The present disclosure relates to authentication techniques, and more particularly, to a method and a system for identifying a user by observing, recording, and manipulating selective behavioral patterns and/or time patterns.
The introduction of electronic communications has demonstrated the need for security of all forms of data and communications exchange. Hackers have been able to perpetrate fraud and identification theft by intercepting communications, costing individuals and businesses around the world billions of dollars. In many cases, fraud has been executed even when encryption systems are part of the system architecture. Thus, strong and dynamic authentication is needed to ensure non-repudiation of an entity requesting access to sensitive information or for executing privileged transactions.
One method used for identifying a user is based on a secret identification code, also referred to as a PIN (Personal Identification Number) or password. In such a system, a user enters a PIN code or a password on a transaction terminal, which then transfers the entered PIN code to, for example, a chip card or other memory device, which checks the PIN code or password by comparing it with a reference PIN code or password. The security of such a system is guaranteed by the fact that the reference PIN code or password is stored within the chip card or memory device, which is inherently protected. However, the drawbacks of such a system include at least the fact that another individual can commit fraud by stealing this “secret” PIN code or password. Unfortunately, such methods for authorizing transactions or for controlling access can be easily compromised. Account numbers, passwords, PIN codes, etc. can be discovered by non-authorized persons or can be willingly disclosed by authorized users to non-authorized persons.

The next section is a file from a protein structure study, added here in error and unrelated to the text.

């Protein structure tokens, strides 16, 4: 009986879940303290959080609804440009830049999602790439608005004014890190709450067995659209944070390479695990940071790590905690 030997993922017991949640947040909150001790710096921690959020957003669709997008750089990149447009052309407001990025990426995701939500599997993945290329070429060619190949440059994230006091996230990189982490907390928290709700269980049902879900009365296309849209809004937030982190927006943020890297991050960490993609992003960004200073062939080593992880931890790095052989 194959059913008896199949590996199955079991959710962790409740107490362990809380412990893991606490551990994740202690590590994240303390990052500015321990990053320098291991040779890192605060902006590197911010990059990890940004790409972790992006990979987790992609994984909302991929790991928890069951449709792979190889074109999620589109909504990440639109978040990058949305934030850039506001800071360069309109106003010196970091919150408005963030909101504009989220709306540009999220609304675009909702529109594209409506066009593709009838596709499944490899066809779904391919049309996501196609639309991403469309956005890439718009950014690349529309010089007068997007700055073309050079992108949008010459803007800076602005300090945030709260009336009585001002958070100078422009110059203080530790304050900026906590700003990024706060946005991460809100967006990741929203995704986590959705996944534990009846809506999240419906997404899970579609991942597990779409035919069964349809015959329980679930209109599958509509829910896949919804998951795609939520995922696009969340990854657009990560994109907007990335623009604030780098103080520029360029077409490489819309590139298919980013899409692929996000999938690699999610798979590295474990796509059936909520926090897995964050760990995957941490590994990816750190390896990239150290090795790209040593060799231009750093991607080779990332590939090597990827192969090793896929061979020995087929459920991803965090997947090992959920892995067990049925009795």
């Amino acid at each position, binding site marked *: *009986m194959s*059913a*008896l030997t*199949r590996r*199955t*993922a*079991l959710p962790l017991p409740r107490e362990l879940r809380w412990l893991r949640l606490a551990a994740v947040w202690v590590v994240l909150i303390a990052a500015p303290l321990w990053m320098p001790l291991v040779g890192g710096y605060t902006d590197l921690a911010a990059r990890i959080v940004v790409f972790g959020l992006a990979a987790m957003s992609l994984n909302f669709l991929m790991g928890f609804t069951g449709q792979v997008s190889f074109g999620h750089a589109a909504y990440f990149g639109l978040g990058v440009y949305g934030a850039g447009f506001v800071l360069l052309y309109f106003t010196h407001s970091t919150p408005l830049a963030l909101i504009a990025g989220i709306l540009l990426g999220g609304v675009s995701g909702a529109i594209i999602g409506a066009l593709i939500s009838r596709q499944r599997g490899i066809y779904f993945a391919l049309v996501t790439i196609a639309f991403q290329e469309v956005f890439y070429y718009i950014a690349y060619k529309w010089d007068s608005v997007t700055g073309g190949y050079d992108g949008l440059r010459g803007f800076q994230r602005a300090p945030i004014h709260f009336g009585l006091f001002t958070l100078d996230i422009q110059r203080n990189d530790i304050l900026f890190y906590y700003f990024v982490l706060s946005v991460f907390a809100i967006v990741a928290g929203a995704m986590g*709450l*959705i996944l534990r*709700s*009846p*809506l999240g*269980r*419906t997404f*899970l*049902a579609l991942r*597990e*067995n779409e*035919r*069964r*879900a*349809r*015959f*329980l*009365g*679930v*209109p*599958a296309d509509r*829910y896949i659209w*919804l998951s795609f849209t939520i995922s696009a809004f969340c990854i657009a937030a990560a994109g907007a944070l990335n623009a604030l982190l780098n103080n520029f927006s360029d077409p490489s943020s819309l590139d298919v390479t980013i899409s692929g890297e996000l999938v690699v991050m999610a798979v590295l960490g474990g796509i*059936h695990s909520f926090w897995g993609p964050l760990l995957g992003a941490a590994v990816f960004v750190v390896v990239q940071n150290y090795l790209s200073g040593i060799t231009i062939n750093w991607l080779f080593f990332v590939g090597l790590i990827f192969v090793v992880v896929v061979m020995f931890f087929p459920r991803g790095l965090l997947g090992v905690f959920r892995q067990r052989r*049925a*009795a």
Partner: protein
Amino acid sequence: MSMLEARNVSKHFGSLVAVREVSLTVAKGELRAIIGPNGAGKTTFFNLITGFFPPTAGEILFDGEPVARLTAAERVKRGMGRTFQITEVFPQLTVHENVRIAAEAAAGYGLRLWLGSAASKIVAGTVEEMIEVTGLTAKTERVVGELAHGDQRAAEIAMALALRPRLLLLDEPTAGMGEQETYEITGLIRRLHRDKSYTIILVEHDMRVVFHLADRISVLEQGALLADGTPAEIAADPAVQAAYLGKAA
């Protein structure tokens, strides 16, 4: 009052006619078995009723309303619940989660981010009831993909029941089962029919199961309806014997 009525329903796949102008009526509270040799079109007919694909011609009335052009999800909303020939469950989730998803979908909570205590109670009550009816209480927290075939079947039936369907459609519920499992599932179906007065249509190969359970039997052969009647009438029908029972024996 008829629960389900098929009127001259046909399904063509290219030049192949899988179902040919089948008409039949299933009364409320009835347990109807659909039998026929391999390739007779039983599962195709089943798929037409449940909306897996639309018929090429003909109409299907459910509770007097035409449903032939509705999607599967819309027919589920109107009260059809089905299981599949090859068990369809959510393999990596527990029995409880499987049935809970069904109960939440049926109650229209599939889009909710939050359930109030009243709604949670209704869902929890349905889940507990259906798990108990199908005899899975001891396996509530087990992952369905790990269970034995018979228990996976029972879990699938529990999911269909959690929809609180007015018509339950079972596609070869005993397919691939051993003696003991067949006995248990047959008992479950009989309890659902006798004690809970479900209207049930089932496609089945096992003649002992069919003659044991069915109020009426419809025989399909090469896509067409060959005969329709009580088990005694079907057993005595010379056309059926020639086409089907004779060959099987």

As traditional forms of personal identification become vulnerable to advancing technology, biometric identification has been increasingly seen as a viable approach to security of personal identification. Biometrics consists of acquiring, measuring and recognizing physical characteristics of a user. Biometrics makes it possible to directly identify a user whilst the PIN code or password method allows indirect identification by the fact of checking that the user knows a “secret.” Amongst the known techniques in physical biometrics, there are the methods of recognizing voice characteristics, characteristics peculiar to the shape of the face or to the iris of the eye or, in the most frequent case, fingerprint characteristics.
Biometric systems typically comprise an automated system having one or more biometric input devices capable of capturing a biometric sample from a user, extracting biometric data from the sample, comparing the biometric data with that contained in one or more reference templates, determining whether a match exists, indicating whether verification of identity has been achieved, and triggering an event based on the verification. Therefore, biometric access control systems are used to selectively restrict and/or permit access to various areas within a facility by requiring a biometric match and confirmation of access authorization prior to facilitating access.
The existing biometric identity check systems can be broken down into three phases.
The first phase is a phase of capturing biometric data from a sensor. The acquired biometric data are usually images, for example in the case of fingerprints, iris or face shape. However, it can also be a case of sound sequences in the case of voice recognition. The second phase is an analysis or extraction phase for extracting a biometric signature from biometric data captured during the first phase. This second phase is complex and requires high calculation power. The third phase consists of comparing the biometric signature obtained during the second phase with a reference signature defined previously during a procedure called “enrolling.”